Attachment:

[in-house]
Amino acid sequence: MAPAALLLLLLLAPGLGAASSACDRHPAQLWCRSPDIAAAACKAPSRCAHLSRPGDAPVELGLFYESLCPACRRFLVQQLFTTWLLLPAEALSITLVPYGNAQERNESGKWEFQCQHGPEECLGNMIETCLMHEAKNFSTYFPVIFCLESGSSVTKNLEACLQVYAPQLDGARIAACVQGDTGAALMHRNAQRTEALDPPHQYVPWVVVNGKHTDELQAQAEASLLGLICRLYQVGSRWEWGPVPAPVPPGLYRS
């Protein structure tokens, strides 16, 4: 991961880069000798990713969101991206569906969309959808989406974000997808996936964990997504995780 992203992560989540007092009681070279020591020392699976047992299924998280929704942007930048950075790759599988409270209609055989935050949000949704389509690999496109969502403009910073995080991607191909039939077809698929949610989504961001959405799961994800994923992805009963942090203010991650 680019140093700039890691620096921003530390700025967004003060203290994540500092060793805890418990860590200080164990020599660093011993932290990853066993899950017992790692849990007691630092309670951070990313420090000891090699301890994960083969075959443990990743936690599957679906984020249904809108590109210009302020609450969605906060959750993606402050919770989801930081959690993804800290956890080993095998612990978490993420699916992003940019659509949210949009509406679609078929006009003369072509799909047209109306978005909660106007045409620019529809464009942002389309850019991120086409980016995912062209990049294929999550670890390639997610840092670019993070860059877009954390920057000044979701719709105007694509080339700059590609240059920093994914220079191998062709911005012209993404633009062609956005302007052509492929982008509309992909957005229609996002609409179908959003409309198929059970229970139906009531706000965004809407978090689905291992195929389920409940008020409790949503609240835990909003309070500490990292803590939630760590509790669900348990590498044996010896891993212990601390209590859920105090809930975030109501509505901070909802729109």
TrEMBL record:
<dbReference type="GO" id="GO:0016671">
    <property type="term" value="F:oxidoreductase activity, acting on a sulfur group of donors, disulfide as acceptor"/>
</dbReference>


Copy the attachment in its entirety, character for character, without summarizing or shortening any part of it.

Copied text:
[in-house]
Amino acid sequence: MAPAALLLLLLLAPGLGAASSACDRHPAQLWCRSPDIAAAACKAPSRCAHLSRPGDAPVELGLFYESLCPACRRFLVQQLFTTWLLLPAEALSITLVPYGNAQERNESGKWEFQCQHGPEECLGNMIETCLMHEAKNFSTYFPVIFCLESGSSVTKNLEACLQVYAPQLDGARIAACVQGDTGAALMHRNAQRTEALDPPHQYVPWVVVNGKHTDELQAQAEASLLGLICRLYQVGSRWEWGPVPAPVPPGLYRS
């Protein structure tokens, strides 16, 4: 991961880069000798990713969101991206569906969309959808989406974000997808996936964990997504995780 992203992560989540007092009681070279020591020392699976047992299924998280929704942007930048950075790759599988409270209609055989935050949000949704389509690999496109969502403009910073995080991607191909039939077809698929949610989504961001959405799961994800994923992805009963942090203010991650 680019140093700039890691620096921003530390700025967004003060203290994540500092060793805890418990860590200080164990020599660093011993932290990853066993899950017992790692849990007691630092309670951070990313420090000891090699301890994960083969075959443990990743936690599957679906984020249904809108590109210009302020609450969605906060959750993606402050919770989801930081959690993804800290956890080993095998612990978490993420699916992003940019659509949210949009509406679609078929006009003369072509799909047209109306978005909660106007045409620019529809464009942002389309850019991120086409980016995912062209990049294929999550670890390639997610840092670019993070860059877009954390920057000044979701719709105007694509080339700059590609240059920093994914220079191998062709911005012209993404633009062609956005302007052509492929982008509309992909957005229609996002609409179908959003409309198929059970229970139906009531706000965004809407978090689905291992195929389920409940008020409790949503609240835990909003309070500490990292803590939630760590509790669900348990590498044996010896891993212990601390209590859920105090809930975030109501509505901070909802729109």
TrEMBL record:
<dbReference type="GO" id="GO:0016671">
    <property type="term" value="F:oxidoreductase activity, acting on a sulfur group of donors, disulfide as acceptor"/>
</dbReference>